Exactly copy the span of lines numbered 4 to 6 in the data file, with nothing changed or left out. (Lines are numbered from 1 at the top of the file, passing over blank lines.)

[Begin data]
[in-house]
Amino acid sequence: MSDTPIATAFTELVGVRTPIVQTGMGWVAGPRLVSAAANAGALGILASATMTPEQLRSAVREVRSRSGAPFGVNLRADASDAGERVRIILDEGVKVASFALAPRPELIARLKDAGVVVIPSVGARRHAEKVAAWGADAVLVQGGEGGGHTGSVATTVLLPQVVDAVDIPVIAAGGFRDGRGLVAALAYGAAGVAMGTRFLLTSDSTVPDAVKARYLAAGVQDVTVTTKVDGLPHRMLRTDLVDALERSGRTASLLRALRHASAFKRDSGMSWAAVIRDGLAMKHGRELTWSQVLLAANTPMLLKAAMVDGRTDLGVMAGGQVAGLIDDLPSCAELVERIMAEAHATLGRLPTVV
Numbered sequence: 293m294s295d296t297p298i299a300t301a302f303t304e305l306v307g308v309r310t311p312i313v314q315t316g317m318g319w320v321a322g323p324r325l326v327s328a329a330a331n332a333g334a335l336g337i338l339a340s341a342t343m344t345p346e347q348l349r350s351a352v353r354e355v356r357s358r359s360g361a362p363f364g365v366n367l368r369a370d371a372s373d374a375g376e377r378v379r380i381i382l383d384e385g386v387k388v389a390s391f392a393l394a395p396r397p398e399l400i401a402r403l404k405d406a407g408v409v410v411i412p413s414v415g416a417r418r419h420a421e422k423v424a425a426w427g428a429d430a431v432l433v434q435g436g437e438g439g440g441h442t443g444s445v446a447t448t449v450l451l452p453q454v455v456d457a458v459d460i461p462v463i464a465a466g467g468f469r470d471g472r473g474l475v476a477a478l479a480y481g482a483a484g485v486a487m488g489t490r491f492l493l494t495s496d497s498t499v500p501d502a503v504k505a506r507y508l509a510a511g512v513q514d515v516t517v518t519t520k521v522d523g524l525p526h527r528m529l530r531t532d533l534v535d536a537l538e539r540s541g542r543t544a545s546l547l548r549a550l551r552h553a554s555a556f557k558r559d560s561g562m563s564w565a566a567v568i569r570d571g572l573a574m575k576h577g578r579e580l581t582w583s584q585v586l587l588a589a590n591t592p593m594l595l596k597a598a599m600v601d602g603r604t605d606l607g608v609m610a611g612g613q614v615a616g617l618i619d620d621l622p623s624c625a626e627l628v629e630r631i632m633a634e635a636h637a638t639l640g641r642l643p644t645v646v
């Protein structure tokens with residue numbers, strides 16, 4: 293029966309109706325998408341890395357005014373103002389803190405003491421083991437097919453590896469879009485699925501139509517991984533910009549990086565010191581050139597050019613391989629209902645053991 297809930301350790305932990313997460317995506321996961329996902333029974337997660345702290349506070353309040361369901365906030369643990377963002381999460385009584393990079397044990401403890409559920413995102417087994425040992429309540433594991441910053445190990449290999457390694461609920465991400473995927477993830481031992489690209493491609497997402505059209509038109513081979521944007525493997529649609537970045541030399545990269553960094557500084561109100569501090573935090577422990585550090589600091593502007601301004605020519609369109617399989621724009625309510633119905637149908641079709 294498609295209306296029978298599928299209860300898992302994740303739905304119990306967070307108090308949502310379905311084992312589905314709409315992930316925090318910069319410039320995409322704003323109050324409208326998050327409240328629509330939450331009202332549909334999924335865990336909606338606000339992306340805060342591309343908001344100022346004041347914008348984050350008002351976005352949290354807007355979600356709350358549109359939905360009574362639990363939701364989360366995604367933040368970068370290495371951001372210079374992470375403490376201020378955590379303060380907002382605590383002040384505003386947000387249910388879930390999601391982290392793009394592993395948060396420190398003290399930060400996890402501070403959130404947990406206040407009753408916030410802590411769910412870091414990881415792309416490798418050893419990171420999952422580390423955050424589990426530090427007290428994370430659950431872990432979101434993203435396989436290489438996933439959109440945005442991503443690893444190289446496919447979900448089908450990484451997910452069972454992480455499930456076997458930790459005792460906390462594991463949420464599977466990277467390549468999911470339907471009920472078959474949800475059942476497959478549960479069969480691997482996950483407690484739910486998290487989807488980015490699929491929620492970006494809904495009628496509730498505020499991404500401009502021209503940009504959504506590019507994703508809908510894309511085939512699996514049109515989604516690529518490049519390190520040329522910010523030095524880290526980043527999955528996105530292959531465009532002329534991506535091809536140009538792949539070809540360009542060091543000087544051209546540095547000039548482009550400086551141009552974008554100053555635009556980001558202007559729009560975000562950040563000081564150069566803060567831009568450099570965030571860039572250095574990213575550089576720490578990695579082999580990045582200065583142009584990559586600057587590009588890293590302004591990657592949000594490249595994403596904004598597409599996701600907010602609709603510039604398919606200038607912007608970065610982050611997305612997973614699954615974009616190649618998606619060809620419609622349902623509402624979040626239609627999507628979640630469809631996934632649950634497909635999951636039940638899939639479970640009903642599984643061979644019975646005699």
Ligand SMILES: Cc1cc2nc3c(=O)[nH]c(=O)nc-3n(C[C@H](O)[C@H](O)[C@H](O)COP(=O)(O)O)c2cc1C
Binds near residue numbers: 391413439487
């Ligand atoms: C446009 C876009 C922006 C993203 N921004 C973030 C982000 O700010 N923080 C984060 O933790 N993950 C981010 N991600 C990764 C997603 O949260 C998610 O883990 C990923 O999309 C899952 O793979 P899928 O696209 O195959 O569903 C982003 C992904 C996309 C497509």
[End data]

């Protein structure tokens with residue numbers, strides 16, 4: 293029966309109706325998408341890395357005014373103002389803190405003491421083991437097919453590896469879009485699925501139509517991984533910009549990086565010191581050139597050019613391989629209902645053991 297809930301350790305932990313997460317995506321996961329996902333029974337997660345702290349506070353309040361369901365906030369643990377963002381999460385009584393990079397044990401403890409559920413995102417087994425040992429309540433594991441910053445190990449290999457390694461609920465991400473995927477993830481031992489690209493491609497997402505059209509038109513081979521944007525493997529649609537970045541030399545990269553960094557500084561109100569501090573935090577422990585550090589600091593502007601301004605020519609369109617399989621724009625309510633119905637149908641079709 294498609295209306296029978298599928299209860300898992302994740303739905304119990306967070307108090308949502310379905311084992312589905314709409315992930316925090318910069319410039320995409322704003323109050324409208326998050327409240328629509330939450331009202332549909334999924335865990336909606338606000339992306340805060342591309343908001344100022346004041347914008348984050350008002351976005352949290354807007355979600356709350358549109359939905360009574362639990363939701364989360366995604367933040368970068370290495371951001372210079374992470375403490376201020378955590379303060380907002382605590383002040384505003386947000387249910388879930390999601391982290392793009394592993395948060396420190398003290399930060400996890402501070403959130404947990406206040407009753408916030410802590411769910412870091414990881415792309416490798418050893419990171420999952422580390423955050424589990426530090427007290428994370430659950431872990432979101434993203435396989436290489438996933439959109440945005442991503443690893444190289446496919447979900448089908450990484451997910452069972454992480455499930456076997458930790459005792460906390462594991463949420464599977466990277467390549468999911470339907471009920472078959474949800475059942476497959478549960479069969480691997482996950483407690484739910486998290487989807488980015490699929491929620492970006494809904495009628496509730498505020499991404500401009502021209503940009504959504506590019507994703508809908510894309511085939512699996514049109515989604516690529518490049519390190520040329522910010523030095524880290526980043527999955528996105530292959531465009532002329534991506535091809536140009538792949539070809540360009542060091543000087544051209546540095547000039548482009550400086551141009552974008554100053555635009556980001558202007559729009560975000562950040563000081564150069566803060567831009568450099570965030571860039572250095574990213575550089576720490578990695579082999580990045582200065583142009584990559586600057587590009588890293590302004591990657592949000594490249595994403596904004598597409599996701600907010602609709603510039604398919606200038607912007608970065610982050611997305612997973614699954615974009616190649618998606619060809620419609622349902623509402624979040626239609627999507628979640630469809631996934632649950634497909635999951636039940638899939639479970640009903642599984643061979644019975646005699």
Ligand SMILES: Cc1cc2nc3c(=O)[nH]c(=O)nc-3n(C[C@H](O)[C@H](O)[C@H](O)COP(=O)(O)O)c2cc1C
Binds near residue numbers: 391413439487